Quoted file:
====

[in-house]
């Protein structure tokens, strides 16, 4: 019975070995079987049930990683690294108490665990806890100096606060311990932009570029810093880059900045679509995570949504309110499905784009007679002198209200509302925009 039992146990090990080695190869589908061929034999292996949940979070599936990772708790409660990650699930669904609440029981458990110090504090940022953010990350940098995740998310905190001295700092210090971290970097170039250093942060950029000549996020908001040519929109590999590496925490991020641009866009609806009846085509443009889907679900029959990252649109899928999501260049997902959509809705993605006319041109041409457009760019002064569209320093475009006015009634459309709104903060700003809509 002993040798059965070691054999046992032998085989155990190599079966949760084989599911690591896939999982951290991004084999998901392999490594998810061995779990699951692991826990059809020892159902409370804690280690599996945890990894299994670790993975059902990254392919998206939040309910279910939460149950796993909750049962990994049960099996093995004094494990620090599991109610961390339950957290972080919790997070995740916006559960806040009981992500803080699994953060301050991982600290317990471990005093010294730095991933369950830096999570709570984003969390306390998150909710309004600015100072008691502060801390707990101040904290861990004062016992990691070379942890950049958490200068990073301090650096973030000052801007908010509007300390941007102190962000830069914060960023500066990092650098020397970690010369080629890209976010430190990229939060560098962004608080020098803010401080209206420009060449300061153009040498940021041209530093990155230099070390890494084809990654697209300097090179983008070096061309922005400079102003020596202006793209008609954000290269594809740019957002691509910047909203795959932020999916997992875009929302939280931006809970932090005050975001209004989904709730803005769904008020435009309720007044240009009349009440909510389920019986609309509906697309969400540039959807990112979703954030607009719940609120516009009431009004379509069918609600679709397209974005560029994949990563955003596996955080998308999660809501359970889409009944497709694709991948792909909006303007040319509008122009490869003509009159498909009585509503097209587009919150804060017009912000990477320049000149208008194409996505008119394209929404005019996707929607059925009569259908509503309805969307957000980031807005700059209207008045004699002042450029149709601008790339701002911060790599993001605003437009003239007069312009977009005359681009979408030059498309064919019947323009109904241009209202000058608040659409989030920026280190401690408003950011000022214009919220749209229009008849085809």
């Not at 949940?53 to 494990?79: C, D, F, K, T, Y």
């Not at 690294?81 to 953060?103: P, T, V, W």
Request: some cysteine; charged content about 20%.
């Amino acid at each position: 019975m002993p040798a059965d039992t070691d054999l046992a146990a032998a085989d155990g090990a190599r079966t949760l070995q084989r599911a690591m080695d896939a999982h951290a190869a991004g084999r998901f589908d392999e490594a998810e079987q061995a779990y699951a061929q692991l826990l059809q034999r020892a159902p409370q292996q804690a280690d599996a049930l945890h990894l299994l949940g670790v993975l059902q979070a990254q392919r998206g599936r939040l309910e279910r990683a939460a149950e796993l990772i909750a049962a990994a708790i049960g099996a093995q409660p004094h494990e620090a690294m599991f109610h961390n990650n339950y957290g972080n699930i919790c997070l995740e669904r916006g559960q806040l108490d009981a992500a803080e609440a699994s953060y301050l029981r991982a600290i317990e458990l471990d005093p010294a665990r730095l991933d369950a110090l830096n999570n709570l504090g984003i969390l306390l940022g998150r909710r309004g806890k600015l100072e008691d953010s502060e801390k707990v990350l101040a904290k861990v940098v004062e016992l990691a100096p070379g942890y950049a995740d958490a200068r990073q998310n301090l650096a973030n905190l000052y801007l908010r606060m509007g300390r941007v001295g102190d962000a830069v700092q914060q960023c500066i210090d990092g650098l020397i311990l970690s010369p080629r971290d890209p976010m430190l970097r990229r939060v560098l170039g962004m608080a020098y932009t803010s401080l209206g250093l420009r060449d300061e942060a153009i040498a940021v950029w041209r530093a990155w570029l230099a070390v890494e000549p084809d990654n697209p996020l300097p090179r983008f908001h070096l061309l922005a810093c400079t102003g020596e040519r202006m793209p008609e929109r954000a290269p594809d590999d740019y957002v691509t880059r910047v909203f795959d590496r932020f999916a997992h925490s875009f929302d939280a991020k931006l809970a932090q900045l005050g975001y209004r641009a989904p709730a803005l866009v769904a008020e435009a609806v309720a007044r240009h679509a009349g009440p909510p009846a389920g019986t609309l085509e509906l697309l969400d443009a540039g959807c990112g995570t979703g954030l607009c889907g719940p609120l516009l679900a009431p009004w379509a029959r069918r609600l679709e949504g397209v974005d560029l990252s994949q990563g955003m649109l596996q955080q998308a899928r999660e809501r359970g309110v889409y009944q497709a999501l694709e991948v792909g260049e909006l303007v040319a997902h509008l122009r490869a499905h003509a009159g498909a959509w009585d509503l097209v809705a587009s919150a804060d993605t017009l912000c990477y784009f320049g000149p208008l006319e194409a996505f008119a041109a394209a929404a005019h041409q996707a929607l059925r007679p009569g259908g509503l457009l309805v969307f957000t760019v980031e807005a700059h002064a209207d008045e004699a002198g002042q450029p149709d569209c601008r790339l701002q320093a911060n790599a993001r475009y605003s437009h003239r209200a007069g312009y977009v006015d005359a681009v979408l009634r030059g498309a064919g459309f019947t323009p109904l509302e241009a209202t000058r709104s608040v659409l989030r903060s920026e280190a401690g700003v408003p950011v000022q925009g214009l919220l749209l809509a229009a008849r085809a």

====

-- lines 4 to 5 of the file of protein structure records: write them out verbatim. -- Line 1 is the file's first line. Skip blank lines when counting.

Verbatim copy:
């Not at 690294?81 to 953060?103: P, T, V, W």
Request: some cysteine; charged content about 20%.